Award-winning documentarian Kim Longinotto’s latest celebration of the lives of women focuses on Sicilian photographer Letizia Battaglia with a scintillating exploration not just of Battaglia’s career but of the crime syndicate that was her frequent subject.
Archival material of both stills and film sets the tone for Battaglia’s early life as a woman who embraced her passions with gusto, but that la dolce vita gave way to something altogether grimmer as she took up photojournalism in middle-age in the 1970s.
She says wryly that she expected to take pictures of women and children as the first woman photographer hired by an Italian daily newspaper. Instead, she found herself plunged into the ongoing bloody mafia wars in her native Palermo, Sicily, shooting crime scenes and corpses, a kind of modern-day Weegee always to be found where the action was.
She had more lives left, including a stint in politics, but her photography came to define her as her usual subject came to define Sicily.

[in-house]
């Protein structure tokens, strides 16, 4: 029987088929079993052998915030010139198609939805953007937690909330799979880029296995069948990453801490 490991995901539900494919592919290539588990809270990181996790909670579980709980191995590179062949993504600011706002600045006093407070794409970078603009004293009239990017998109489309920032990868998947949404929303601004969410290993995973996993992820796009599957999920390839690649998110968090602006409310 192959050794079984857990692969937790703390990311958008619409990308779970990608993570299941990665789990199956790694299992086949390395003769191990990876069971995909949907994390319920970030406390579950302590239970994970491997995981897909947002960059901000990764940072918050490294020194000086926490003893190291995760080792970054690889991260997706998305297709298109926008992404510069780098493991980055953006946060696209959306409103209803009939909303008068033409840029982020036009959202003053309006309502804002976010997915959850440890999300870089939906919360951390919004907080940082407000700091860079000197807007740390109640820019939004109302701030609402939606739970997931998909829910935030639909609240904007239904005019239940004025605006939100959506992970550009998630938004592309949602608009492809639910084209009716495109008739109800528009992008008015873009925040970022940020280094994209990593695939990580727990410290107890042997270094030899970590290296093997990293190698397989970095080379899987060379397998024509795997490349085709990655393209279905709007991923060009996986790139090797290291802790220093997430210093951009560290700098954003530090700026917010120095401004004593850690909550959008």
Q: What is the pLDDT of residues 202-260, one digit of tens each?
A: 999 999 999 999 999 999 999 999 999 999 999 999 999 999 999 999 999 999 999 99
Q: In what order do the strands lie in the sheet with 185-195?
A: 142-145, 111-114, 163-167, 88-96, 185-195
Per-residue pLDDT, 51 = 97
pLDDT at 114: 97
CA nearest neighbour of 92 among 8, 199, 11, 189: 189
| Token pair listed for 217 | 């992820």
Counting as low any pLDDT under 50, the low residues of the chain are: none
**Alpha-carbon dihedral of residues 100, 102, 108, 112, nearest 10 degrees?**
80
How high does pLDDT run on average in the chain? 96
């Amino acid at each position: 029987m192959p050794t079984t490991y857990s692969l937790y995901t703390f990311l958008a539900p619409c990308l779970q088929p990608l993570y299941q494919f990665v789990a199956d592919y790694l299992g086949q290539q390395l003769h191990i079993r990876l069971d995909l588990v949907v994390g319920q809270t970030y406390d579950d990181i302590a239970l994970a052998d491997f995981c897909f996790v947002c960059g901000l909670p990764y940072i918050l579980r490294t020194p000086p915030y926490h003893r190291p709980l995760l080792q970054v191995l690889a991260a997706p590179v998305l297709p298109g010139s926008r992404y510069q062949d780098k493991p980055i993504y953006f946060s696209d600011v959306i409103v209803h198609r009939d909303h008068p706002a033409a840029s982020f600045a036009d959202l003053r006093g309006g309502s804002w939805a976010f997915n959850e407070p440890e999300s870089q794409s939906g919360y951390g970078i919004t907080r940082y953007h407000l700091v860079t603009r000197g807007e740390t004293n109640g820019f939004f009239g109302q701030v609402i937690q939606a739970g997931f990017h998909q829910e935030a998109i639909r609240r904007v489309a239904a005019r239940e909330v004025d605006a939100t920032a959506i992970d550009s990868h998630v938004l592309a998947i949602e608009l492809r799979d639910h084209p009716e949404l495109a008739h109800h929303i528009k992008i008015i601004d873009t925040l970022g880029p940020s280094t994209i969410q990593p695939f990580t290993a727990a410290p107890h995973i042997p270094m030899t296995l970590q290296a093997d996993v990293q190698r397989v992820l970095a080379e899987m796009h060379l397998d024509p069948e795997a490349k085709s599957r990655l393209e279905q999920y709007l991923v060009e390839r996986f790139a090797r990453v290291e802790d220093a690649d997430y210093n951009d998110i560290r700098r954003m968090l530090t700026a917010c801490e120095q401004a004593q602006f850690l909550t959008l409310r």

Longinotto cuts away from Battaglia’s life for the 1980s-era massive mafia trial—there were over 400 defendants—and its bloody aftermath, all the better to illustrate both Battaglia’s beat and its attendant danger.
Battaglia’s images are disturbing, perhaps even more so for the woman who took the pictures. Decades after recording their deaths, these murder victims haunt her along with the mafia’s power to distort Sicilian society. Now, in her mid-80s, Battaglia perseveres, attesting to her own strength—a quality made abundantly clear in this unforgettable portrait of an artist who captured her region’s history one crime at a time.